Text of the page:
observed that for the same total thermal energy, with increase
in the pulse width there is a slow decrease in the droplet volume

20
18
16
14

12

0.1

5
0

10

Figure 16. Influence of pulse width on droplet volume and speed


for the same total thermal energy.

20

Droplet speed

Droplet speed (m/s)

15

Droplet speed (m/s)

100
200
300
Thermal conductivity (W/mK)

Droplet volume (pl)a

Droplet volume (pl)a

5
0

1426

Droplet speed (m/s)

10

15

1
(mPas)

10
100
(mN/m)

10
1000
10000
(kg/m3)

Figure 17. Influence of density, surface tension and viscosity on


droplet volume and speed.

and increase in the droplet speed. This may be due to decrease


in the heater power (thermal energy per second) for a higher
pulse width (with total thermal energy remaining constant),
which gives rise to a lower rate of heat transfer from the heater
to the fluid. Similar observations are reported by [3]. Effects of
density, surface tension and viscosity of the fluid on the droplet
volume and speed are depicted in figure 17. The results show
that there is a decrease in the droplet volume with increase
in the fluid density. But at the same time higher-density fluid
results in slower droplet, which is not desirable. The results
show that surface tension and the viscosity can significantly
influence the droplet ejection performance. It is observed that
there is a decrease in droplet volume and speed with increase in
surface tension and viscosity. The shape of the ejected droplet
and its tail length is another important performance parameter
of a thermal inkjet device. A higher tail length increases the
chances of formation of potential satellite droplets that can
affect the quality of the inkjet printing process. In the case
of a long tail, the tail breaks into satellite droplets while in
the case of a short tail the tail contracts with the main droplet
eliminating formation of satellite droplet. The effect of ink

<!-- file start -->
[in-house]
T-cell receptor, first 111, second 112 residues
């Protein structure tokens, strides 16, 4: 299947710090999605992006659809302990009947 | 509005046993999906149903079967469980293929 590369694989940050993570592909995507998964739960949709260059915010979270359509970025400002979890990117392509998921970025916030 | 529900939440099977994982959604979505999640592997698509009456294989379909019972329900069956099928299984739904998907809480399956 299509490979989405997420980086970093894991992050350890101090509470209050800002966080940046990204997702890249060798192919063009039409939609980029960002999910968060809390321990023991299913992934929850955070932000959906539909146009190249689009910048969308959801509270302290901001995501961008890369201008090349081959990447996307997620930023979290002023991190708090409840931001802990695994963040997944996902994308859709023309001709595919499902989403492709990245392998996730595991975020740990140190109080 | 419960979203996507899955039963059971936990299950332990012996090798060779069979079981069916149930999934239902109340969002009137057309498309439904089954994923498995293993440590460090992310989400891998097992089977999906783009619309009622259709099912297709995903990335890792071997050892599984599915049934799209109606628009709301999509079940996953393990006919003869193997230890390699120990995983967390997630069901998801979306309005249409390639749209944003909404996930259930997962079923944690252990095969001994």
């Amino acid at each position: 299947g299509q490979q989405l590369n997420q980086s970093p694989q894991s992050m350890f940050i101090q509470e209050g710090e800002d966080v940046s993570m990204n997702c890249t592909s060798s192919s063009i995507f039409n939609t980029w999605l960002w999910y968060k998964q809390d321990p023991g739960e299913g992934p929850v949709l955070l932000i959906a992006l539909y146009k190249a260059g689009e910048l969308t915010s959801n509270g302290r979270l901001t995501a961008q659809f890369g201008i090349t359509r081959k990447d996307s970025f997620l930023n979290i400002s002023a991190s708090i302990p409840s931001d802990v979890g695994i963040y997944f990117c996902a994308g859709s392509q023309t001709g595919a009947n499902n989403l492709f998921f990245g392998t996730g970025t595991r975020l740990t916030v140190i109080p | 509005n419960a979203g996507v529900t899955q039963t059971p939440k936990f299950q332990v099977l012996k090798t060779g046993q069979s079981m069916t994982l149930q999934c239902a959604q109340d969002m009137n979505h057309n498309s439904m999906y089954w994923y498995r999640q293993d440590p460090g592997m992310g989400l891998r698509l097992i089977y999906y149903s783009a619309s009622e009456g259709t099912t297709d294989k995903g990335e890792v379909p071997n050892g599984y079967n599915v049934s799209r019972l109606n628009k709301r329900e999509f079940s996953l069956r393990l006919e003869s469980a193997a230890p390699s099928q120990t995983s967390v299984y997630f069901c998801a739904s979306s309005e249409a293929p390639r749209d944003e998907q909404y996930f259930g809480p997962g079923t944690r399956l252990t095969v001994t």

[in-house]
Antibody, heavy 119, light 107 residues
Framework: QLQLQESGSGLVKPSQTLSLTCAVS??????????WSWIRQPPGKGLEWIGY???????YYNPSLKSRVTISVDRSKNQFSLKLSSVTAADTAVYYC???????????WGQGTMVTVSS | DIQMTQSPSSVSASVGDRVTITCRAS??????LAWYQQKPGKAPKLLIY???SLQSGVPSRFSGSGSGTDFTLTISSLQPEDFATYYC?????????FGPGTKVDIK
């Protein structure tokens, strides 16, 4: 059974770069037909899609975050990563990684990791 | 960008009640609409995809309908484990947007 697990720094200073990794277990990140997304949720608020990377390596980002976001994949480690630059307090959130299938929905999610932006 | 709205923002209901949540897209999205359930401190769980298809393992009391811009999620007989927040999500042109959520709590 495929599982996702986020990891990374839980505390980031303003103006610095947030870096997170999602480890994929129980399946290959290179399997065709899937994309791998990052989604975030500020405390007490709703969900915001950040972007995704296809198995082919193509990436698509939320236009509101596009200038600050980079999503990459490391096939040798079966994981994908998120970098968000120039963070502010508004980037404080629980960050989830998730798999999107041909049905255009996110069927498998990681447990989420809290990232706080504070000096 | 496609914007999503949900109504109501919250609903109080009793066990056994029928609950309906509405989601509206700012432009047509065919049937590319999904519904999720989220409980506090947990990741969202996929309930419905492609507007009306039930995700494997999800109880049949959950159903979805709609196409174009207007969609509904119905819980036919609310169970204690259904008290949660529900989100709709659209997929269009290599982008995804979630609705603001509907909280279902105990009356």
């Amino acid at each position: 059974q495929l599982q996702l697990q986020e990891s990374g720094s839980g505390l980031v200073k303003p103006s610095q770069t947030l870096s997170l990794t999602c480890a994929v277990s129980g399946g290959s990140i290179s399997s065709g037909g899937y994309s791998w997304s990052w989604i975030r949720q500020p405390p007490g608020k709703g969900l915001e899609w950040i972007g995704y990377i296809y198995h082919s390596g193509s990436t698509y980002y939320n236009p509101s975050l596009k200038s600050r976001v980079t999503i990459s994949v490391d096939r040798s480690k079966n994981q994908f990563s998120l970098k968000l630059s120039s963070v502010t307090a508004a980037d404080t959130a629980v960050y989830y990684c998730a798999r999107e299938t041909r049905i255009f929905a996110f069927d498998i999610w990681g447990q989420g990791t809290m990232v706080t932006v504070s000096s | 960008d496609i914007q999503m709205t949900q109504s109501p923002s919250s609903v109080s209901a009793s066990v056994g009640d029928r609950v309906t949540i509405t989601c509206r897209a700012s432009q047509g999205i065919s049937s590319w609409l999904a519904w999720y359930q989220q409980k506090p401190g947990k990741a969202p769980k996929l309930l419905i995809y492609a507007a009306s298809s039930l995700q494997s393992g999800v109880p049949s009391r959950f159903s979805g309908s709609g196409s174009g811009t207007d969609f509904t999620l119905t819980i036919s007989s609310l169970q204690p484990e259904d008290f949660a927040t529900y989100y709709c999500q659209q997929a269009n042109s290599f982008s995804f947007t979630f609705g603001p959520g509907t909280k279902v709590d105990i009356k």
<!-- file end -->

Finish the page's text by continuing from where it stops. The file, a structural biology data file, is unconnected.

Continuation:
properties including density, surface tension and viscosity on
the tail length is illustrated in figure 18. The results indicate
that the tail length decreases with increase in density and

Droplet ejection performance of a monolithic thermal inkjet print head

References

75

Density
Surface tension
Viscosity

Tail length (m) a

60
45
30
15
0
0.1

1
(mPas)

10
100
(mN/m)

1000
10000
(kg/m3)

Figure 18. Influence of ink density, surface tension and viscosity on


tail length.

surface tension and increases slowly with increase in viscosity.


This trend is consistent with the results reported by [19].

5. Conclusion
The droplet ejection performance of a thermally-driven
monolithic inkjet print head based on a dome-shaped ink
chamber, a nozzle guide and a ring-shaped heater was
simulated. The design employs a passivation layer as an
intermediate layer between the ink and the heater, thus
eliminating heater burnout issues and improving reliability.
The design configuration is such that the ink chamber and
the nozzle are inline, thus higher nozzle density can be
achieved. The numerical model is validated by comparing the
model predictions with experimental results for a previously
reported print head design. The agreement between the
model predictions and the experimental results is within
10%, indicating the validity of the model and modeling
methodology. The droplet ejection performance of the
proposed print head design was simulated including the
nucleation and growth of the thermal bubble. A thermal
pulse was used as the driving mechanism for the droplet
ejection. Coupled flow and energy along with bubble
dynamics equations were solved to predict the time evolution
of the fluid interface, droplet volume and speed, heater and
fluid-film temperature and temperature distribution in the ink
present in the chamber. The model was used to investigate
the effects of print head geometry including nozzle diameter,
nozzle-guide length, chamber size, heater location and thermal
conductivity of the passivation layer, operating conditions
including thermal energy and pulse width, and ink properties
on droplet volume and speed. The influence of ink properties
on tail length was also studied. The results of the parametric
study are expected to facilitate the design and operation of the
proposed print head design.